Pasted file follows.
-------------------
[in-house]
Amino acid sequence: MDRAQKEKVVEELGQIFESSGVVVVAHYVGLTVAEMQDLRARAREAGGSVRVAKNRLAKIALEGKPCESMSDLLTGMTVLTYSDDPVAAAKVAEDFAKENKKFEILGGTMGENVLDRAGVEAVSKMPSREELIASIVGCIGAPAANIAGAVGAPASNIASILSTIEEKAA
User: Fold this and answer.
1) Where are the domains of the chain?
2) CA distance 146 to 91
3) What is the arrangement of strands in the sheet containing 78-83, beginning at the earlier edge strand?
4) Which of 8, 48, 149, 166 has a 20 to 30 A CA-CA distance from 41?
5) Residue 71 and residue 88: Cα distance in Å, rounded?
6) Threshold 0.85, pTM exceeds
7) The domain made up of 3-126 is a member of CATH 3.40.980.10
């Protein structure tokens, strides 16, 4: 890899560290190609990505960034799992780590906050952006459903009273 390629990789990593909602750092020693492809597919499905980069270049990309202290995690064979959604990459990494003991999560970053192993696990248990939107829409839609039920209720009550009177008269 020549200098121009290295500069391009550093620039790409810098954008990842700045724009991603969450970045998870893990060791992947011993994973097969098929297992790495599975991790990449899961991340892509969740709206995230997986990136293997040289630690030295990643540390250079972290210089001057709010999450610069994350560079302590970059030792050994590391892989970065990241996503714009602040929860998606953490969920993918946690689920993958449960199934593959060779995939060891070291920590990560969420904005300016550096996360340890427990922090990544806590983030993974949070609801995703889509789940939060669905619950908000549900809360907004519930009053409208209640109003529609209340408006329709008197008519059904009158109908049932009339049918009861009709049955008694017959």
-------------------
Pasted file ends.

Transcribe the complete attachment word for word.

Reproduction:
[in-house]
Amino acid sequence: MDRAQKEKVVEELGQIFESSGVVVVAHYVGLTVAEMQDLRARAREAGGSVRVAKNRLAKIALEGKPCESMSDLLTGMTVLTYSDDPVAAAKVAEDFAKENKKFEILGGTMGENVLDRAGVEAVSKMPSREELIASIVGCIGAPAANIAGAVGAPASNIASILSTIEEKAA
User: Fold this and answer.
1) Where are the domains of the chain?
2) CA distance 146 to 91
3) What is the arrangement of strands in the sheet containing 78-83, beginning at the earlier edge strand?
4) Which of 8, 48, 149, 166 has a 20 to 30 A CA-CA distance from 41?
5) Residue 71 and residue 88: Cα distance in Å, rounded?
6) Threshold 0.85, pTM exceeds
7) The domain made up of 3-126 is a member of CATH 3.40.980.10
């Protein structure tokens, strides 16, 4: 890899560290190609990505960034799992780590906050952006459903009273 390629990789990593909602750092020693492809597919499905980069270049990309202290995690064979959604990459990494003991999560970053192993696990248990939107829409839609039920209720009550009177008269 020549200098121009290295500069391009550093620039790409810098954008990842700045724009991603969450970045998870893990060791992947011993994973097969098929297992790495599975991790990449899961991340892509969740709206995230997986990136293997040289630690030295990643540390250079972290210089001057709010999450610069994350560079302590970059030792050994590391892989970065990241996503714009602040929860998606953490969920993918946690689920993958449960199934593959060779995939060891070291920590990560969420904005300016550096996360340890427990922090990544806590983030993974949070609801995703889509789940939060669905619950908000549900809360907004519930009053409208209640109003529609209340408006329709008197008519059904009158109908049932009339049918009861009709049955008694017959």